Thirteen quid a day. Not a lot really when you take your bills, outgoings, kids’ school uniforms, gas – not to mention food – into account. It all adds up to earning around £4,700 a year.
It’s just the latest ‘calamity’ from health secretary Matt Hancock. Low waged workers in England where there are high rates of coronavirus will be able to claim up to £182 if they have to self-isolate.
Yesterday (August 27) the health secretary announced that the payment applies to benefit claimants who live in areas where there are high numbers of coronavirus cases.
From Tuesday, those who claim Universal Credit or Working Tax Credit and cannot work from home will get the new ‘self-isolation payment’ – roughly the same as statutory sick pay (SSP) – equal to £13 a day.
First up for this trial run are those in parts of north-west England. The news was greeted with dismay from Greater Manchester Mayor Andy Burnham. He said the payment “goes nowhere near far enough”, adding that people in this situation needed “full pay”.
The England-wide scheme will begin with a trial in Blackburn with Darwen, Pendle and Oldham, where there have been tighter lockdown measures after a rise in cases.
Employed or self-employed people who test positive for the virus are required to isolate for 10 days, so those eligible for the extra money will get £130.
But members of the household of someone who has tested positive, who must self-isolate for 14 days, will be entitled to up to £182, assuming they also qualify for the payment.
Anyone else who is told to self-isolate by NHS contact tracers and meets the qualification criteria will also be entitled to the £13 a day for the duration of their self-isolation.
And if this ‘northern experiment’ is ‘successful’ the payment will be rolled out “quickly” to other areas where there are lots of cases, according to the health department.
According to data published earlier this month, nearly 5.5m people across the UK are now claiming benefits – an 81 per cent increase since March.
“Self-isolating if you have tested positive for Covid-19, or have come into contact with someone who has, remains vital to keeping on top of local outbreaks,” commented Matt Hancock.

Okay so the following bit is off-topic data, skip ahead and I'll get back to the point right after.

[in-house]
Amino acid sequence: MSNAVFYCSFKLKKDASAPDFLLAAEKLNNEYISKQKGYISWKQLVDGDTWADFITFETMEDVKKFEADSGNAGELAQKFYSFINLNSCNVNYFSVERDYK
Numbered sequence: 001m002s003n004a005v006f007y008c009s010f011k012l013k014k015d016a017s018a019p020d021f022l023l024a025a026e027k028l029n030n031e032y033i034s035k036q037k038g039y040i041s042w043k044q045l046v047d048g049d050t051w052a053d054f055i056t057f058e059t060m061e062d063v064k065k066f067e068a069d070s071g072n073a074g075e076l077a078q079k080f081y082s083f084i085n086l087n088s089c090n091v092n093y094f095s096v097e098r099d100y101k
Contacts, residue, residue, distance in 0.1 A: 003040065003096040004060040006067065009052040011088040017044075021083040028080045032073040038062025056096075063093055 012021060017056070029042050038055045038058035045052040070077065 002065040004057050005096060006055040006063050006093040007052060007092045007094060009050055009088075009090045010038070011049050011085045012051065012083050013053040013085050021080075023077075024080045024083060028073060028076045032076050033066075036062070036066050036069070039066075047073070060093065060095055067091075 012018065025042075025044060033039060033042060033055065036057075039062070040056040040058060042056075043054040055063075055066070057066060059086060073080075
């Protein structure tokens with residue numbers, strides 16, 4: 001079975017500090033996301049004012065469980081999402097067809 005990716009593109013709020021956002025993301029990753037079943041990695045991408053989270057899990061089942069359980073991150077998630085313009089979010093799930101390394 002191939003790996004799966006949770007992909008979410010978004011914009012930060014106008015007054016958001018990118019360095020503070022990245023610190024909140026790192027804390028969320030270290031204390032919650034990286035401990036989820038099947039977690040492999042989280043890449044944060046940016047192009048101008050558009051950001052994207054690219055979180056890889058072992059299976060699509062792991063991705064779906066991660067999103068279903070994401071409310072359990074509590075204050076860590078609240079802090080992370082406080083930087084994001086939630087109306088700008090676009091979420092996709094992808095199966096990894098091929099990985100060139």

‘Don’t lose out by doing the right thing’
He said the payments had been introduced after feedback from England’s NHS Test and Trace programme, and reassuringly added it would mean people “don’t lose out by doing the right thing.”
Doing the right thing? This payment clearly shows the government is far from being across the true cost of living in the UK.
Astonishingly less than six months ago in March, Hancock said himself that statutory sick pay was not enough to live on. In an episode of BBC TV’s Question Time in March, TUC general secretary Frances O’Grady said she didn’t believe Matt Hancock could live on the SSP of £94.25 a week. And when asked directly by Fiona Bruce if he could he replied “No”.
But now it’s enough to self-isolate on apparently. Responding to the news yesterday O’Grady slammed what she called “These paltry payments” adding “[they] will not make the difference needed.
She said, “The sooner government gets on with delivering fair sick pay for everyone, the quicker we will beat this pandemic. It should be at least as much as the real Living Wage – £320 a week – so everyone who needs to self-isolate can afford to.”
And Labour’s shadow chancellor Anneliese Dodds tweeted, “Now he’s saying people who aren’t eligible for it [SSP] should get a similar amount to self-isolate. If the Health Secretary couldn’t live on less than £100 a week, why does he think other people can?” she asks.
Unite are highly concerned that workers that have tested positive won’t be able to live on the miserable £13 a day to self-isolate – and so they just might not self-isolate as they can’t afford to. But Unite argues this would cost the economy far more in the long term, risking local lockdowns and worse, than paying self-isolaters a realistic sum to live on.
Rob Miguel, Unite health and safety adviser is far from impressed and is concerned what will happen if affected workers decide they can’t afford to isolate – and just return to work.
“Scrimping on decent pay while workers are self-isolating is a false economy and disastrous to health. There’s a temptation for workers not to isolate if they are not given enough to live on,” Miguel commented.
He added, “In turn more people will get infected which increases the risk of vulnerable people catching the virus, getting ill and possibly dying. There would be obvious increased costs as matters spiral out of control. The government needs to wake up and smell the coffee, put their hands in their pockets, save money in the long run, and most importantly save lives.”
FIND OUT MORE:
Read Unite’s coronavirus health and safety guidance
By Amanda Campbell @amanda_unite